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Interpreting the Battle of Okinawa 75 Years after the Event

  • Monday, October 12, 2020
    6:00 pm – 8:30 pm
Aircraft carrier USS Bunker Hill burns after being hit by two kamikaze planes within 30 seconds.

The aircraft carrier USS Bunker Hill burns after being hit by two kamikaze planes within 30 seconds. (US Government photo)

This year marks the 75th anniversary of the last major battle of World War II and one of its deadliest conflicts, the Battle of Okinawa. How did people experience this event? How have historians written about it? How have the media and public portrayed it?

Join HIST 301 students to explore various ways of knowing, interpreting, remembering and forgetting the past with our special guests: Matt Gossett (history major, Metropolitan State University), Dr. David Obermiller (associate professor in History, Environmental Studies, and Japanese Studies, Gustavus Adolphus College), and Dr. Rustin Gates (associate professor of History, Bradley University).

This public event will be conducted by Zoom videoconference. RSVP by email.

First, Gossett will discuss his experience of researching for and writing his paper, “Analyzing the Battle of Okinawa through Event, Experience, and Myth.” Obermiller, a historian specializing in the history of Okinawa, will offer comments.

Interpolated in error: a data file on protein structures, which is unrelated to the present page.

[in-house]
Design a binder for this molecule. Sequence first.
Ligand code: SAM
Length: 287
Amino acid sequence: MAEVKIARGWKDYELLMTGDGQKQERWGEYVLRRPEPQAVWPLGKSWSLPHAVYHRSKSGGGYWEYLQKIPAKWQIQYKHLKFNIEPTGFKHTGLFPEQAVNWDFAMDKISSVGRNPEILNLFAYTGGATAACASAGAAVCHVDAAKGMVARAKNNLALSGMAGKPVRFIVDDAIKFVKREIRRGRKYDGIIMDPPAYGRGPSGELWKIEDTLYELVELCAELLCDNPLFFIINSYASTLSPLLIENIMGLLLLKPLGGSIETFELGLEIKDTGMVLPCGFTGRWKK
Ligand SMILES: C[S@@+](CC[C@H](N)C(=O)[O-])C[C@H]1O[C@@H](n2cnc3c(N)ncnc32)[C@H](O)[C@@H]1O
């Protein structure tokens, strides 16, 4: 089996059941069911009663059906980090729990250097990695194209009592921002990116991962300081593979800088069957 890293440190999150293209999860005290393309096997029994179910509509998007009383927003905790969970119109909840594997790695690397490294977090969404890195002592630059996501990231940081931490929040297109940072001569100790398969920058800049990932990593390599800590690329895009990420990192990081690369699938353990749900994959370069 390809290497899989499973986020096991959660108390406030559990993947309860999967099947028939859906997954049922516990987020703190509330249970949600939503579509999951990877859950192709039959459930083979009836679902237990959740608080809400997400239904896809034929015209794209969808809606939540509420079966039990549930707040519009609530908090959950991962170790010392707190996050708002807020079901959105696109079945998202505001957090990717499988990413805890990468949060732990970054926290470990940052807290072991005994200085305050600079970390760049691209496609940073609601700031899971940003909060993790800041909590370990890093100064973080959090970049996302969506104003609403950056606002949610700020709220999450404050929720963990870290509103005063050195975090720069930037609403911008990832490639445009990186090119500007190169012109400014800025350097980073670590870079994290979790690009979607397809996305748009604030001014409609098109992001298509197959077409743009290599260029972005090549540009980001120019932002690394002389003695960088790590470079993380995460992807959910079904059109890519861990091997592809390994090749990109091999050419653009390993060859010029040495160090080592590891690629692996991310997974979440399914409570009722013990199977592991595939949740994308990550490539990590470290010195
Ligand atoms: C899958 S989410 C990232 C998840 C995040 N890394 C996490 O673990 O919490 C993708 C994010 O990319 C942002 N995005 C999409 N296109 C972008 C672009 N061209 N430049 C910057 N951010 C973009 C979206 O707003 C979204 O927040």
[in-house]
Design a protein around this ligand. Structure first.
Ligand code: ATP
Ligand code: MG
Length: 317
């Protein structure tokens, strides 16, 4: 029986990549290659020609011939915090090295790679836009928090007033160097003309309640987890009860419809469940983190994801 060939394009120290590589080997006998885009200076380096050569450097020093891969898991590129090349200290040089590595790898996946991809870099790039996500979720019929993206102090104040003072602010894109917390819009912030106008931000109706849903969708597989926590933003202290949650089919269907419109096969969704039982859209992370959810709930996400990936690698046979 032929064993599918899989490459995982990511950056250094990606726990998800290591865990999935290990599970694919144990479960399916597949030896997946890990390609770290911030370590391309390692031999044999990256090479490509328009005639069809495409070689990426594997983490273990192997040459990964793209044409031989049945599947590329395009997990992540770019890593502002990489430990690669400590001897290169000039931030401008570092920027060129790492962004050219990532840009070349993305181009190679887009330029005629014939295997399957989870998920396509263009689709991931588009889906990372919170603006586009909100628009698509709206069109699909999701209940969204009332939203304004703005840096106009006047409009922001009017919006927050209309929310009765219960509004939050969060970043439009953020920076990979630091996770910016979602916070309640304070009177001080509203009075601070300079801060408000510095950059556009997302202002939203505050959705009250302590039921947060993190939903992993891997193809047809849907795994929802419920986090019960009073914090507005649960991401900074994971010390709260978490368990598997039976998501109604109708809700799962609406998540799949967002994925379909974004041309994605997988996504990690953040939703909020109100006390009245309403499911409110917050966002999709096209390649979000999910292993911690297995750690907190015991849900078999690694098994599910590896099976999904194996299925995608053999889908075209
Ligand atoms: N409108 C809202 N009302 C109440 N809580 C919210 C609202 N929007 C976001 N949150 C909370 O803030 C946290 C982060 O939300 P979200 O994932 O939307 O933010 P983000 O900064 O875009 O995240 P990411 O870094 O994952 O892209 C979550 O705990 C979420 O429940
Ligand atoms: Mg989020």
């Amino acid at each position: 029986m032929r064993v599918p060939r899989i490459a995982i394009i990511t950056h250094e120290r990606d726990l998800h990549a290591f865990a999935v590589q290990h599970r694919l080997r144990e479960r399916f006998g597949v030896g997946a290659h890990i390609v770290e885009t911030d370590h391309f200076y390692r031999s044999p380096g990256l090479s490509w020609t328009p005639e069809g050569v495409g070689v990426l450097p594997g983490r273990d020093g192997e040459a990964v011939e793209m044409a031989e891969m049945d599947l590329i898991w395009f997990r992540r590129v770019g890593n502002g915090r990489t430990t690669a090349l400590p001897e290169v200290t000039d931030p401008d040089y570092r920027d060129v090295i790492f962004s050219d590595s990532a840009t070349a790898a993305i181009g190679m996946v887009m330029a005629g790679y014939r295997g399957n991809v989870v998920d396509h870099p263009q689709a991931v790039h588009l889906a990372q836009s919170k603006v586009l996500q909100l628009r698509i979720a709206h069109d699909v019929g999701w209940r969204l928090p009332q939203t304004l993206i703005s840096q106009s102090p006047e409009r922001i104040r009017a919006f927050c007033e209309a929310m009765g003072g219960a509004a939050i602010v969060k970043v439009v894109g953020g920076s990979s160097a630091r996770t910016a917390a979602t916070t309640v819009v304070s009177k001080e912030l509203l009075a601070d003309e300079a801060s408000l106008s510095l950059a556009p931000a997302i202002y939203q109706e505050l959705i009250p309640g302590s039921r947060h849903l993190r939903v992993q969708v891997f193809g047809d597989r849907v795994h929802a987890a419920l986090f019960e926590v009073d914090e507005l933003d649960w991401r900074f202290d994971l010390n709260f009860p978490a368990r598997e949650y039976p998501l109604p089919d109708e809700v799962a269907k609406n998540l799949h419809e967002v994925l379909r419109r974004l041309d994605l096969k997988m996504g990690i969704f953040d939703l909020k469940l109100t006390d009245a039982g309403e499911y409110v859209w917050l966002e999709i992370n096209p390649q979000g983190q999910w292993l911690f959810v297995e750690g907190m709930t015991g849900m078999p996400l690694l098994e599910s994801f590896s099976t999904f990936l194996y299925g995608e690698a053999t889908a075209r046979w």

Obermiller will deliver his talk, “Selective and Competing Memories (Amnesia) for the Battle of Okinawa: Japan, the U.S. and Okinawa.” 

World War II epitomizes the ability of nation-states to impose total mobilization of the masses. Complete mobilization also meant the creation of "total" memory as understood by each national state, a war memory that is largely monolithic and hegemonic within the nation-state, yet ironically, becomes what Carol Gluck observed as a memory "of a world war with the world left out." It can also be stated that the totality of these national war memories rarely includes more localized memories, especially ones that challenge and contest national memory (one such example would be the "Comfort" Women issue). Okinawa's collective memory over the Battle of Okinawa represents such an account where a local memory not only challenges the national narrative of two nations, but how it undermines and threatens the seventy-five-year Japan-U.S. security arrangement.

A discussion will follow Gates’ comments on this presentation from a diplomatic historian’s perspective.

Program

  • 6 p.m.: Introduction 6:05 Matt Gossett, “Analyzing the Battle of Okinawa through Event, Experience, and Myth”
  • 6:25 p.m.: Dr. David Obermiller’s comments
  • 6:35 p.m.: Discussion
  • 6:50 p.m.: Break
  • 7 p.m.: Dr. David Obermiller, "Selective and Competing Memories (Amnesia) for the Battle of Okinawa: Japan, the U.S. and Okinawa"
  • 7:45 p.m.: Dr. Rustin Gates’ comments
  • 8 p.m.: Discussion

Accessibility

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